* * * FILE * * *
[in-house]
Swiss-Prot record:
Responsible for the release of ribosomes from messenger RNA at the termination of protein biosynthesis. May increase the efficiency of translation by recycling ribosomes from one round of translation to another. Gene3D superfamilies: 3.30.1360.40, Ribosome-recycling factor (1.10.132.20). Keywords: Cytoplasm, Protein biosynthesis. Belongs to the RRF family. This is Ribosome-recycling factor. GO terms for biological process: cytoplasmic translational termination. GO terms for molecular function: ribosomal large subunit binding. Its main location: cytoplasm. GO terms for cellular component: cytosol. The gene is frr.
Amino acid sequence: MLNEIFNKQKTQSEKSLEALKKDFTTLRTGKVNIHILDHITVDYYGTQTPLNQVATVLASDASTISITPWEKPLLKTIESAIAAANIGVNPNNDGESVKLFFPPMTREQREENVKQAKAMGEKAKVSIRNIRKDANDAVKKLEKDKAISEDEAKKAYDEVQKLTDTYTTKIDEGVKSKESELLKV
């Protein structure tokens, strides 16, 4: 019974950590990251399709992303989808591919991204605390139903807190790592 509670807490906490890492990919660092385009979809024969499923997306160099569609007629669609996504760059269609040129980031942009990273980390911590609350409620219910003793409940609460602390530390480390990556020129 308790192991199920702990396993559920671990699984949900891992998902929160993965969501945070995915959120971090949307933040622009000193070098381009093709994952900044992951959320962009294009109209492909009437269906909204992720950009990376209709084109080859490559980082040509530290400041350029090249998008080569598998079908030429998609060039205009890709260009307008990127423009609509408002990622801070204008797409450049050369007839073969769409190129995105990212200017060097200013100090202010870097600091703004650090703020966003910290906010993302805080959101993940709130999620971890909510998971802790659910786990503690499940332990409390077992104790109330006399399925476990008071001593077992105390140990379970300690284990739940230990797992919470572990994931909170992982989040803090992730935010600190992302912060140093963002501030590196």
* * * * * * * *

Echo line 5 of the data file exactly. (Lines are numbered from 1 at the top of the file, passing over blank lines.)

């Protein structure tokens, strides 16, 4: 019974950590990251399709992303989808591919991204605390139903807190790592 509670807490906490890492990919660092385009979809024969499923997306160099569609007629669609996504760059269609040129980031942009990273980390911590609350409620219910003793409940609460602390530390480390990556020129 308790192991199920702990396993559920671990699984949900891992998902929160993965969501945070995915959120971090949307933040622009000193070098381009093709994952900044992951959320962009294009109209492909009437269906909204992720950009990376209709084109080859490559980082040509530290400041350029090249998008080569598998079908030429998609060039205009890709260009307008990127423009609509408002990622801070204008797409450049050369007839073969769409190129995105990212200017060097200013100090202010870097600091703004650090703020966003910290906010993302805080959101993940709130999620971890909510998971802790659910786990503690499940332990409390077992104790109330006399399925476990008071001593077992105390140990379970300690284990739940230990797992919470572990994931909170992982989040803090992730935010600190992302912060140093963002501030590196």